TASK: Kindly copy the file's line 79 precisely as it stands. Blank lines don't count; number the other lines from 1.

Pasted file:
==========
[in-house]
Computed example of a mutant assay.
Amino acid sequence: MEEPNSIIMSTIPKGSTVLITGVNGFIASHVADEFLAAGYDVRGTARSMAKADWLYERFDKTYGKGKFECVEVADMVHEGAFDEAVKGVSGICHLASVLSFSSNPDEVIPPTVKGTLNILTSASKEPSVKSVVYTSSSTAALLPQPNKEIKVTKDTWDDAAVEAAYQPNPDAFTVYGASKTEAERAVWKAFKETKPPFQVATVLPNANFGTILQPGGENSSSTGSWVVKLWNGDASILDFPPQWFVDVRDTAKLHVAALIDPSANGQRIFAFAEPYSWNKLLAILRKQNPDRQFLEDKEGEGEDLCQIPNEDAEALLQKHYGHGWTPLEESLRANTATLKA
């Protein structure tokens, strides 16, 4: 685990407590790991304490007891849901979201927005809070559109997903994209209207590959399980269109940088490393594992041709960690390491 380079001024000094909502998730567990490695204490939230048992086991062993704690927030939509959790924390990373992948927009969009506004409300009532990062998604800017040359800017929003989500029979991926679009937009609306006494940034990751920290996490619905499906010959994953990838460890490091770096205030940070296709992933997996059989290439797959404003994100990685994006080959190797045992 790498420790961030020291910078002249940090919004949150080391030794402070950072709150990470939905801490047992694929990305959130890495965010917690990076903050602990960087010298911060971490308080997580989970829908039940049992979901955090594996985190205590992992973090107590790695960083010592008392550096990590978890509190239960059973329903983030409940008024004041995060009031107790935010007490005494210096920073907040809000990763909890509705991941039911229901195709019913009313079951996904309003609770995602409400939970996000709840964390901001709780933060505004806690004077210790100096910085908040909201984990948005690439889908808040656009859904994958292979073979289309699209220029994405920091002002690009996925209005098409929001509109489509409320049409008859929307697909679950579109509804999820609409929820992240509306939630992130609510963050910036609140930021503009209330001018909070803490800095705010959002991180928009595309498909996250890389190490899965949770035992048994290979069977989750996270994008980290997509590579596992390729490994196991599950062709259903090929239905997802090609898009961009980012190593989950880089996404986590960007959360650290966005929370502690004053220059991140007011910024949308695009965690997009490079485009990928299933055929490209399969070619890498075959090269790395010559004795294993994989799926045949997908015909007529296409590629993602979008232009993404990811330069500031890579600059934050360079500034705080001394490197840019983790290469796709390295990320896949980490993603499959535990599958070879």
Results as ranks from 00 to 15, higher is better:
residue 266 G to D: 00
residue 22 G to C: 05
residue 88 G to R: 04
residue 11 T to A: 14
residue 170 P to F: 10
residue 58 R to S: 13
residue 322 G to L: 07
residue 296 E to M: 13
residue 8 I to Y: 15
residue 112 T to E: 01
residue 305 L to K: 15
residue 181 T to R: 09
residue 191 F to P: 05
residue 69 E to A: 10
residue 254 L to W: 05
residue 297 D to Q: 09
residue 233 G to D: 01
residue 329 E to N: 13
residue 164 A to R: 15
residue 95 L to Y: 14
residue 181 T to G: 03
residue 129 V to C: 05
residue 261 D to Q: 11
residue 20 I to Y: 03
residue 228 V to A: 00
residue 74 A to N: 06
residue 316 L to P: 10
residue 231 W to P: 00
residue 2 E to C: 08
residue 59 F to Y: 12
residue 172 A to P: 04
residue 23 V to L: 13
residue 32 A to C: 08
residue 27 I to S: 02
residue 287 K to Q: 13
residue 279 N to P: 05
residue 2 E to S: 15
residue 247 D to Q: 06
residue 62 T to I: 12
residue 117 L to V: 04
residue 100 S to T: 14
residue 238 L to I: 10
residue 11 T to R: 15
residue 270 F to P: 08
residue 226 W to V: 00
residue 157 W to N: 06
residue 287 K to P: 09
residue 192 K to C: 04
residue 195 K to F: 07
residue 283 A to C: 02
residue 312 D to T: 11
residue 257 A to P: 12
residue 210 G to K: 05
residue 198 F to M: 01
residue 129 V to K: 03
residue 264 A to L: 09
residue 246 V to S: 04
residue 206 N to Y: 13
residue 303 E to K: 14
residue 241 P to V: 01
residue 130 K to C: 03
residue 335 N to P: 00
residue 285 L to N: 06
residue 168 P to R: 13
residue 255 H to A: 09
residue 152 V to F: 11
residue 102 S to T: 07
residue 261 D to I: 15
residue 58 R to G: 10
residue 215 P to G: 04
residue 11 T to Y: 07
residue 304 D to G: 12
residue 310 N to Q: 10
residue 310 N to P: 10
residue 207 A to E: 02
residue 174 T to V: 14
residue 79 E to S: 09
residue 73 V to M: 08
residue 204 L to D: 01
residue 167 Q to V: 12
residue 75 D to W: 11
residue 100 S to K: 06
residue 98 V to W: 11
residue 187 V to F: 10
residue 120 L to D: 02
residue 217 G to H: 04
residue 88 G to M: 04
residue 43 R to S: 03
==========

residue 310 N to P: 10